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Vietnam reports one more bird flu case
Updated: 2005-01-24 10:26

A 36-year-old man from Vietnam's northern Thai Binh province has just been found to have contracted bird flu virus H5N1, raising the number of bird flu infections in the country to nine.

Farmers watch a culling pit where thounsands of their sick chickens are destroyed in the southern province of Long An. Bird flu has claimed two more victims in Vietnam, alarming authorities and international experts as the toll from the disease mounts, with five deaths announced in the past four days. [AFP]

Samples from the patient named Hung, who is receiving treatment at the Tropical Disease Institute in Hanoi, were tested positive to H5N1, local newspaper Pioneer on Monday quoted Vietnamese Deputy Minister of Health Tran Chi Liem as saying.

Earlier, samples from Hung's two brothers were also tested positive to the virus. The tests were made by the National Hygiene and Epidemiology Institute. The three brothers ate duck and a dish made from duck's raw blood at a local market on Dec. 29, 2004, before exhibiting symptoms of bird flu.

The 47-year-old brother named Nguyen Huu Viet died on Jan. 9 at the Tropical Disease Institute in Hanoi. The 42-year-old brother named Nguyen Thanh Hung, who had spent some time looking after his elder brother, was admitted to the institute on Jan. 13. The 36- year-old brother received medical checkups at the institute last week.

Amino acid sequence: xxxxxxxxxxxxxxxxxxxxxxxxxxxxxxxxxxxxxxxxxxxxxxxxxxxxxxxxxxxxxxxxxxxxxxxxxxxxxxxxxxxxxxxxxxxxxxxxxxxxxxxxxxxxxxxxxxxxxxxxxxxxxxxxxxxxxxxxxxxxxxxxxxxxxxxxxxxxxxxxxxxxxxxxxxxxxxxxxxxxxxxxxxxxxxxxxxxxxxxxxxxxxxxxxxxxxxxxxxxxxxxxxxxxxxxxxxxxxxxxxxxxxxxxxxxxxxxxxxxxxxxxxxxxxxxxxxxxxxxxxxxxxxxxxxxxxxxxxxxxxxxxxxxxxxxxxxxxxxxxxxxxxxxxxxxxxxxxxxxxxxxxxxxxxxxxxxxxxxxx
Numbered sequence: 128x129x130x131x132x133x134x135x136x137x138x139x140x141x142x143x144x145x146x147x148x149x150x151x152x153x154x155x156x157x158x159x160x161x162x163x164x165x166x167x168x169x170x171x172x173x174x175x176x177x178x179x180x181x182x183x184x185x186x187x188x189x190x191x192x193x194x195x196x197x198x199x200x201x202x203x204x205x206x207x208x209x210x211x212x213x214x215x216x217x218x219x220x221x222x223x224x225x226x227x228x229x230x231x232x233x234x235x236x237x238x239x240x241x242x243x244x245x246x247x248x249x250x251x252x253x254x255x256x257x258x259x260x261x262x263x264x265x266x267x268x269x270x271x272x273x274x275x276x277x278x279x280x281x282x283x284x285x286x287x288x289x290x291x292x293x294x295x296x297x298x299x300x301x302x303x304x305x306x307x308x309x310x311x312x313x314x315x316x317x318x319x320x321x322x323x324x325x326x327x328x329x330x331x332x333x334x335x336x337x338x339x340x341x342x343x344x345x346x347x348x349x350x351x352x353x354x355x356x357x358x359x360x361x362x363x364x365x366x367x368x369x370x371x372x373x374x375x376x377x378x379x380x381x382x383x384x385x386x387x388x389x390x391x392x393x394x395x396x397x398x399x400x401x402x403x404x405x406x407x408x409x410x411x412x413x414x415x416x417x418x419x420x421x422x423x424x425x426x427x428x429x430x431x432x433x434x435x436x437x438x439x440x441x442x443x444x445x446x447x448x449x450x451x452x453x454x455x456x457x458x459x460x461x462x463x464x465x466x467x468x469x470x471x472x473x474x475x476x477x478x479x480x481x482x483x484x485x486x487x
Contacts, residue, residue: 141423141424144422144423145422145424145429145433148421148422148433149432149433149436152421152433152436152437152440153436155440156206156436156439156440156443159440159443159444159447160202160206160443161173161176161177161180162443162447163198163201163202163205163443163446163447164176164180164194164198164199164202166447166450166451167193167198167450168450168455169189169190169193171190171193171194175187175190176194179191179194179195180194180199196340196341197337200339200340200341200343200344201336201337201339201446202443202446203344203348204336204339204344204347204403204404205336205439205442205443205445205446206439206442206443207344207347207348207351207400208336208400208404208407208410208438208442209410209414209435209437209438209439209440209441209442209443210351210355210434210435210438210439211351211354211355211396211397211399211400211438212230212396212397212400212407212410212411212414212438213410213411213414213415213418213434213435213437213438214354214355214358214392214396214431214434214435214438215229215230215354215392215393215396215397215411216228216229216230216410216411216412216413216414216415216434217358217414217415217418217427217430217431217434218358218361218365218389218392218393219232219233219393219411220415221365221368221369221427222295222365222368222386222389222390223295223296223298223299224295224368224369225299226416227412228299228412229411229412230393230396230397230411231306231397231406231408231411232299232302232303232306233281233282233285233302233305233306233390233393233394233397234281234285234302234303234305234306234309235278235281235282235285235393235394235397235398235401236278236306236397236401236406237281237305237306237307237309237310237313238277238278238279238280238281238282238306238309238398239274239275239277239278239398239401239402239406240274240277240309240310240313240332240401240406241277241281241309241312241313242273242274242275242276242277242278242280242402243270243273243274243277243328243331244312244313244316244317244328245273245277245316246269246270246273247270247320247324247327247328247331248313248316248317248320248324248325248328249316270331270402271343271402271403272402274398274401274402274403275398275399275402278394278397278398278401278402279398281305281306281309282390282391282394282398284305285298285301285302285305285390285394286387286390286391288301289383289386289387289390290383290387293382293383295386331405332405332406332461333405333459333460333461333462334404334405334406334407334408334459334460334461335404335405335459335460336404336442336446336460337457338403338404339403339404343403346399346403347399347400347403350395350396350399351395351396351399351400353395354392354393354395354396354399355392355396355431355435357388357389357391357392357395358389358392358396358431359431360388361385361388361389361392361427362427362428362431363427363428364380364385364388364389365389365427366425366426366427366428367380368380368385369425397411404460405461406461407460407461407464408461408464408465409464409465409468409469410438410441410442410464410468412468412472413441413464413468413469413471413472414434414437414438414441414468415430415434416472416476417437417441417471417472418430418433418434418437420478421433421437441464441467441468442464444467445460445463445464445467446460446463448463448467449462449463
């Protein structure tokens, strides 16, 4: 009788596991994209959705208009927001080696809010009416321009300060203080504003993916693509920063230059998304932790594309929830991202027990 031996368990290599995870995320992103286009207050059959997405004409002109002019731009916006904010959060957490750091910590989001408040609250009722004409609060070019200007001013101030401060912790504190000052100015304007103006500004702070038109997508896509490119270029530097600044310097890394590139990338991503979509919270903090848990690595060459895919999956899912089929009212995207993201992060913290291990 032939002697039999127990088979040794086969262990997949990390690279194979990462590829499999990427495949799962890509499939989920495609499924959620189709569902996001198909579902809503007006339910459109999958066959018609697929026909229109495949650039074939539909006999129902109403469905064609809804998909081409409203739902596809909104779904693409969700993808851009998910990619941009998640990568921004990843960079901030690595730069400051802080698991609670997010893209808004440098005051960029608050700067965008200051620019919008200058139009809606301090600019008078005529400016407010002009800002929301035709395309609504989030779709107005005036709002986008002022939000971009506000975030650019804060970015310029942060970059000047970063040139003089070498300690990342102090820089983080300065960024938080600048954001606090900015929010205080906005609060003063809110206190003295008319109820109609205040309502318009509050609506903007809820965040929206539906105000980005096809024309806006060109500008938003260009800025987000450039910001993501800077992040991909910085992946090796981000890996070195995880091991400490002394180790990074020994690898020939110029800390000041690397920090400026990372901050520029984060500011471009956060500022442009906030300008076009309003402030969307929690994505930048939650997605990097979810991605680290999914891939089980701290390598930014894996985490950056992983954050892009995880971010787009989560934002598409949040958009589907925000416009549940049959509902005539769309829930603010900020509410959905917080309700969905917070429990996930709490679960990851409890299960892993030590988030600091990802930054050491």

Nguyen Thanh Hung, who lives in Hanoi, and his younger brother, who lives in Thai Binh, now are under treatment at the institute. They are in stable health conditions.

Among the nine cases of bird flu infection, seven, all of whom were from the southern region, died. The first case amid the recent outbreak of bird flu in Vietnam was reported on Dec. 28, 2004. On Jan. 19, Nguyen Thanh Hung was reported as the first bird flu victim in the northern region.

Since January, bird flu has stricken 404 communes of 25 cities and provinces nationwide, killing and leading to the forced culling of more than 557,600 fowls, according to the Department of Animal Health.

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